It is also very important to remember that when a person DOES do an interview with a paper or magazine they are doing it by consent. It’s a form of barter. The paper gets what it hopes will be a boost in sales, and the person gets what he hopes will be some helpful noise about his forthcoming project. It is like bartering 12 eggs for a bale of hay. Or like me selling you a pint of milk for 50p. When the deal is done, it’s done. You wouldn’t then say, “You sold me your milk, you slut. I’m now entitled to help myself to your milk for ever afterwards”.

Finally on this subject I should say that I have never in my life “tipped off” the press in the hope of being photographed. I concede that this may happen with a certain type of person who enjoys media attention, or – as is now possible – whose principal source of income is celebrity itself rather than the job that gave rise to that celebrity in the first place. But the behaviour of one person or a group of people does not mean it should be open season on another group of people. And in my experience, the tipping off of the papers is exceptionally rare. I wondered if I was wrong or naive about this, and recently asked ex-Daily Star reporter Richard Peppiatt what his experience had been. He confirmed that I was right. In my opinion the oft-repeated arguments from popular papers’ editors about the hypocrisy of celebrities who secretly court the media is largely specious. And, of course, convenient.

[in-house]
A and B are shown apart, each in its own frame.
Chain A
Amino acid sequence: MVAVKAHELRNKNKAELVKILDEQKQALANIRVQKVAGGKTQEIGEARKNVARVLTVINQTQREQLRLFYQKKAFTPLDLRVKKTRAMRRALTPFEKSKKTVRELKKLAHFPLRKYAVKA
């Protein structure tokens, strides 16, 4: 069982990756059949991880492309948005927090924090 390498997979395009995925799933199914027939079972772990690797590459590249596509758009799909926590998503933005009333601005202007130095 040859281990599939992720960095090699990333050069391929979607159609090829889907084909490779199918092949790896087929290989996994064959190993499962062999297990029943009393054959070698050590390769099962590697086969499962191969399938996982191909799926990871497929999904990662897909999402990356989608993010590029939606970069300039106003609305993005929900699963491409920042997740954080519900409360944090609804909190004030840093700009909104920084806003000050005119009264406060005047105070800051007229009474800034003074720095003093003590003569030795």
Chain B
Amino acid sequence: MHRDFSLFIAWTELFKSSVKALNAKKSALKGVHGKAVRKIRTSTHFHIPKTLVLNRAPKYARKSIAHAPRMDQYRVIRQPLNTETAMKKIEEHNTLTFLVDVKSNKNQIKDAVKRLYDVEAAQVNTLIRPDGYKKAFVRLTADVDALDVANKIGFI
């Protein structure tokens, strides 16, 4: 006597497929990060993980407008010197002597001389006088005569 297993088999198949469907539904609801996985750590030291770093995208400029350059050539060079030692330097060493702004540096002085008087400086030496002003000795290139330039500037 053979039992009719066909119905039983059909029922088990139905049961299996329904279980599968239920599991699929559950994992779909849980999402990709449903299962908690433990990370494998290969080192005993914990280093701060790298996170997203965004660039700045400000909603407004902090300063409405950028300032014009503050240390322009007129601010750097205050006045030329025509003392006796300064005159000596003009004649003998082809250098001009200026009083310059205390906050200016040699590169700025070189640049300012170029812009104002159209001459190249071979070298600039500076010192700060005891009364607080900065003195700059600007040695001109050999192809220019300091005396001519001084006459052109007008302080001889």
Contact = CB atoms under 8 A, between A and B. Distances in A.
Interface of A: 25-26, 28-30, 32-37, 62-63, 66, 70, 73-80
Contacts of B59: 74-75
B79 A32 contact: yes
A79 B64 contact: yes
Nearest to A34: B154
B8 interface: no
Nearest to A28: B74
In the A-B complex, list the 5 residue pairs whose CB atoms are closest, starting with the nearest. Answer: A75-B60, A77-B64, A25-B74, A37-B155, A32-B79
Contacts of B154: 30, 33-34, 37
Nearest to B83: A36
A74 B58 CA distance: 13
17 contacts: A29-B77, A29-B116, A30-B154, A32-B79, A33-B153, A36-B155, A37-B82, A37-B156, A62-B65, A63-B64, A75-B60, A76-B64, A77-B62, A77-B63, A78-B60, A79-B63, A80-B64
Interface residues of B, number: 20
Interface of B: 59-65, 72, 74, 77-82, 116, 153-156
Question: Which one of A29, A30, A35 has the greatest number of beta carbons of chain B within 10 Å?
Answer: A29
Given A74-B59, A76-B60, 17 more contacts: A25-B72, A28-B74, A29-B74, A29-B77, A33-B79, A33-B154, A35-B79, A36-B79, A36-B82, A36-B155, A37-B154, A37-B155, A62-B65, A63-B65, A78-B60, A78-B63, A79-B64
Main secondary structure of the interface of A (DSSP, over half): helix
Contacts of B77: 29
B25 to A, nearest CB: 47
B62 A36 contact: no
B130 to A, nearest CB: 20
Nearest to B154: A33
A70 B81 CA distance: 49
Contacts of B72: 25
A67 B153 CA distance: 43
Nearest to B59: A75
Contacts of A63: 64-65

Myth 10 – The tabloid press hacks are just loveable rogues.

Perhaps they once were. Perhaps a few still are. But I see an awful lot of self glamorising going on, self mythologising. I don’t regard the people who tapped Milly Dowler’s phone, or ordered the tapping, or allowed it to happen, or covered it up, as lovable rogues. I see them as cowards and bullies. I see them as people who have lived above the law for so long that they have started to believe their own propaganda. Power truly does tend to corrupt.

Hugh Grant is a Director of Hacked Off, the Campaign for a Free and Accountable Press